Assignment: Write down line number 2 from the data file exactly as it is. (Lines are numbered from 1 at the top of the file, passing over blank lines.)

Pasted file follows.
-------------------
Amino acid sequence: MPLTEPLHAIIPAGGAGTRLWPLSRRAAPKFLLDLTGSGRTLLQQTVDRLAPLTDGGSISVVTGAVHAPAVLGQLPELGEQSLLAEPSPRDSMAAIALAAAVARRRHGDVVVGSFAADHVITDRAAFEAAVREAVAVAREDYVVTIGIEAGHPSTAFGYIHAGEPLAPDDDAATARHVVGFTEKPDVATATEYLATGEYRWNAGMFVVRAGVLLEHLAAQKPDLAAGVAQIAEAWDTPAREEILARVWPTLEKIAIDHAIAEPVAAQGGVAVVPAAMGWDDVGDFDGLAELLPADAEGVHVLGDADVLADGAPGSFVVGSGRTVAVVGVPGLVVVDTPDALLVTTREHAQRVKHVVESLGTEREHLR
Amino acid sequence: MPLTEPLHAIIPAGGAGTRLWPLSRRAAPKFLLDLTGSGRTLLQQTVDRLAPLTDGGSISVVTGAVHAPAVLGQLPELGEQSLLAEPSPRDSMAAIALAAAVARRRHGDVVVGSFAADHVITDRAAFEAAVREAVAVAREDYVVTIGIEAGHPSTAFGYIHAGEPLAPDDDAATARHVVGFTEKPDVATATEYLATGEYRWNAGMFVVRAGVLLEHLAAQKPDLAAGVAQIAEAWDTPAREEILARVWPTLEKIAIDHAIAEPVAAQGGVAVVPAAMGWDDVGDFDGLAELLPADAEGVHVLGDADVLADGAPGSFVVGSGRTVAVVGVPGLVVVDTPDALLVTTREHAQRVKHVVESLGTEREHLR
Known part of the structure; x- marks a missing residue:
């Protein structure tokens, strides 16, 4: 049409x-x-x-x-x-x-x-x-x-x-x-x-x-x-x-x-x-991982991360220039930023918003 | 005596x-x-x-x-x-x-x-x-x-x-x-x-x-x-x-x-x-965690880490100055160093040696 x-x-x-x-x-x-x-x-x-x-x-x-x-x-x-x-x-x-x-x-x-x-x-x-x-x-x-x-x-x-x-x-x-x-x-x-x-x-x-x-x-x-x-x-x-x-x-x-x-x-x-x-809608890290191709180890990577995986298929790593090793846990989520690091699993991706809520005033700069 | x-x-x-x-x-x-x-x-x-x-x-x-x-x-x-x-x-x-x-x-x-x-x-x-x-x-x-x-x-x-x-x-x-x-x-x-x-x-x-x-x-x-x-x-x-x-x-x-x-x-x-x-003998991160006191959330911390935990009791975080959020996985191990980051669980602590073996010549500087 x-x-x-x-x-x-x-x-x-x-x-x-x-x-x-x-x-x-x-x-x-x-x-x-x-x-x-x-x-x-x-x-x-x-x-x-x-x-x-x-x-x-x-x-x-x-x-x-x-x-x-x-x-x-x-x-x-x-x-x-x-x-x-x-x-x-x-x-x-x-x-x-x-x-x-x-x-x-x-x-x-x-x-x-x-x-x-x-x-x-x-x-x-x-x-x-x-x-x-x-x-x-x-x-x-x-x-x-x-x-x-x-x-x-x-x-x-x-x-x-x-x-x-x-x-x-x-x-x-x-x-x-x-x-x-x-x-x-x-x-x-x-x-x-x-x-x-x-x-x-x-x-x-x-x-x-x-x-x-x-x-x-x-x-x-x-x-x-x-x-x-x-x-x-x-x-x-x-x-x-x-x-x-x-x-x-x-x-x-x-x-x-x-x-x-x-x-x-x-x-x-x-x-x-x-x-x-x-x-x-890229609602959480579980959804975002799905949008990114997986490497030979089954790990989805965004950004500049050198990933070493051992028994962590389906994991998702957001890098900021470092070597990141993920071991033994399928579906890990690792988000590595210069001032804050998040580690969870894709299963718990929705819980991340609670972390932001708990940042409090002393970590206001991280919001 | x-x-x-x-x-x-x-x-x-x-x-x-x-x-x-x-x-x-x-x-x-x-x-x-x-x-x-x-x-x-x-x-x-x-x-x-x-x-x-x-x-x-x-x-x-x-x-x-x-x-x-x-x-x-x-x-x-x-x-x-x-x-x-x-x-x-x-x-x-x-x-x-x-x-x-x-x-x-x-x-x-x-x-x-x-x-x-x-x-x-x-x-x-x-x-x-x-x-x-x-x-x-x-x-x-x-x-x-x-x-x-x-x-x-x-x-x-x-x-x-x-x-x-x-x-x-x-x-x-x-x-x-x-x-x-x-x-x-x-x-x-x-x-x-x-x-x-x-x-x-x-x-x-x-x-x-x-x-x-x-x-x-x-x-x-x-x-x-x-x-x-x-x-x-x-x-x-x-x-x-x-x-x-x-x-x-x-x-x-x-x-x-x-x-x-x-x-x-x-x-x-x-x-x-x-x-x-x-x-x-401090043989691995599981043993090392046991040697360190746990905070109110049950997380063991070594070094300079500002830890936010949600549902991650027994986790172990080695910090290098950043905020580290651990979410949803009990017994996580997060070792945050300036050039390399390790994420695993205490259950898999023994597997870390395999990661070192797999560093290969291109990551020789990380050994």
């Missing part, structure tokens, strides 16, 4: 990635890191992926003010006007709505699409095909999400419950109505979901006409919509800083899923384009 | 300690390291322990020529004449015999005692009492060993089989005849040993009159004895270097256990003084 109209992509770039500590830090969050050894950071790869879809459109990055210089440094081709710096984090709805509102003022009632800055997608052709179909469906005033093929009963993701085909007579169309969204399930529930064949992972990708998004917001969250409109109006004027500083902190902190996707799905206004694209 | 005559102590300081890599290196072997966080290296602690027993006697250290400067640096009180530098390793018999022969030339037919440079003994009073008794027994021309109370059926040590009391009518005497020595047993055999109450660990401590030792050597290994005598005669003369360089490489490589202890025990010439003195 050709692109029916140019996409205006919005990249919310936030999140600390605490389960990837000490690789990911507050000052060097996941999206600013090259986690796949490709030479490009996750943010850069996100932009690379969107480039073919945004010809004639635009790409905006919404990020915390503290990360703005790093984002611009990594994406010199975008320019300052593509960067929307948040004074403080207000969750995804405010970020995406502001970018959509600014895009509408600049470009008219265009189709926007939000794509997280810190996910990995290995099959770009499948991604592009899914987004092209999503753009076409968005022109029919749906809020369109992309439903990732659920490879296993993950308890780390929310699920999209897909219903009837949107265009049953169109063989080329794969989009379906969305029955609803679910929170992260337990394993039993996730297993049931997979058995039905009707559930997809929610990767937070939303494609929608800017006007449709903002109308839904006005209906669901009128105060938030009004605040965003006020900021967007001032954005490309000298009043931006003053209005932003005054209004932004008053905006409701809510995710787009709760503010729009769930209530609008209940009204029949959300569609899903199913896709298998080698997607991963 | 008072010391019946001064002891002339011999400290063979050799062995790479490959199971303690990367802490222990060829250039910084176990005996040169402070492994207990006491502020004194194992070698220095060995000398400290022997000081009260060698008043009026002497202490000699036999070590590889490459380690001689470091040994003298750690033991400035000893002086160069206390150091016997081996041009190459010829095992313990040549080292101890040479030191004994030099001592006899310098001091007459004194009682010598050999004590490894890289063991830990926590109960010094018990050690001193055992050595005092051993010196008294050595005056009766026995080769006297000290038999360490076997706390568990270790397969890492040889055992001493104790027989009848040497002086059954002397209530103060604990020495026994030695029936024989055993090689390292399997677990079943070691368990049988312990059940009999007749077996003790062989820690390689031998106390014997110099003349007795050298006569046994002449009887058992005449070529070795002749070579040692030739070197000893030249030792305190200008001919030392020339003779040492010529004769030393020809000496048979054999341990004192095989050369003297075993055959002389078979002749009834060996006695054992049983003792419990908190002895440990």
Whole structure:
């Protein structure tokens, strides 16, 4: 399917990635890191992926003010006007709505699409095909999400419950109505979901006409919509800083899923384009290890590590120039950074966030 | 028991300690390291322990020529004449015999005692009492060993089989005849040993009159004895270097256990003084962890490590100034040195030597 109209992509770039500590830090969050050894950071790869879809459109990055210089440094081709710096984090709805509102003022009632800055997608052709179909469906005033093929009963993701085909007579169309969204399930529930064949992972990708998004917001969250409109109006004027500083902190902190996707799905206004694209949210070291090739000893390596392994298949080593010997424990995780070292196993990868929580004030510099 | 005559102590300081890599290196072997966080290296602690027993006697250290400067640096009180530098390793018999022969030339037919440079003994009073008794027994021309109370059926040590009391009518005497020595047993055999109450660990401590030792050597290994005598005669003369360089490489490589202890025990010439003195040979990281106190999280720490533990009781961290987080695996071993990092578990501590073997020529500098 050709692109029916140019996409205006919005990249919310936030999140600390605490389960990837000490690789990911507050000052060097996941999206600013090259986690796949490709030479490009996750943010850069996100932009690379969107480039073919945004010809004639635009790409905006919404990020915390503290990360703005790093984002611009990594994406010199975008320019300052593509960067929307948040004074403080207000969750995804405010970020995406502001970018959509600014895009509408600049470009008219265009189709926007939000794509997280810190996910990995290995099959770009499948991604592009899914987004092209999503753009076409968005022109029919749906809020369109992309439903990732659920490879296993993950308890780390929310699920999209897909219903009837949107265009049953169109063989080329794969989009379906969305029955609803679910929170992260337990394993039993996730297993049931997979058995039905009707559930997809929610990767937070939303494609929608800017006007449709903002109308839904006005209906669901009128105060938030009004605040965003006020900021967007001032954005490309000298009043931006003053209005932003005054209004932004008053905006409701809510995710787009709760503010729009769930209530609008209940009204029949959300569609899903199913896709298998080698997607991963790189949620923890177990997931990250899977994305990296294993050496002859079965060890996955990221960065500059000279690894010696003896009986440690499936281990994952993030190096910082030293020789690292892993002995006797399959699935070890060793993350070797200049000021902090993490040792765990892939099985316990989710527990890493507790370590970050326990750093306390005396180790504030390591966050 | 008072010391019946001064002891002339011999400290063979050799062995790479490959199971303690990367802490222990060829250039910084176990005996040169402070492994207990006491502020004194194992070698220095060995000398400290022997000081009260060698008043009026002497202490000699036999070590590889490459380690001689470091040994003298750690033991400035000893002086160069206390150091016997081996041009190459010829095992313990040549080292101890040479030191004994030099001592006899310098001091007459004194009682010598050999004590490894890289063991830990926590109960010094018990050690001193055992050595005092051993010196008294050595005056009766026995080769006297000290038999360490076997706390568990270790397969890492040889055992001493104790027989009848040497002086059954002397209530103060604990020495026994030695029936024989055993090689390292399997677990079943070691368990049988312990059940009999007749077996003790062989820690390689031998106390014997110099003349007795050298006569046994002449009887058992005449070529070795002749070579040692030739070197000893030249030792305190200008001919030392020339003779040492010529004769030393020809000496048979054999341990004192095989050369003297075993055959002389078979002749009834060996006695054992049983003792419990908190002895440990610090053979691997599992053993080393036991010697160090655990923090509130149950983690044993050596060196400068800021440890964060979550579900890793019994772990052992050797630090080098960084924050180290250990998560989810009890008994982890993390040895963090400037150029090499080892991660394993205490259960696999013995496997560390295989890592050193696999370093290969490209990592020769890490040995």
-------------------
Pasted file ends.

Amino acid sequence: MPLTEPLHAIIPAGGAGTRLWPLSRRAAPKFLLDLTGSGRTLLQQTVDRLAPLTDGGSISVVTGAVHAPAVLGQLPELGEQSLLAEPSPRDSMAAIALAAAVARRRHGDVVVGSFAADHVITDRAAFEAAVREAVAVAREDYVVTIGIEAGHPSTAFGYIHAGEPLAPDDDAATARHVVGFTEKPDVATATEYLATGEYRWNAGMFVVRAGVLLEHLAAQKPDLAAGVAQIAEAWDTPAREEILARVWPTLEKIAIDHAIAEPVAAQGGVAVVPAAMGWDDVGDFDGLAELLPADAEGVHVLGDADVLADGAPGSFVVGSGRTVAVVGVPGLVVVDTPDALLVTTREHAQRVKHVVESLGTEREHLR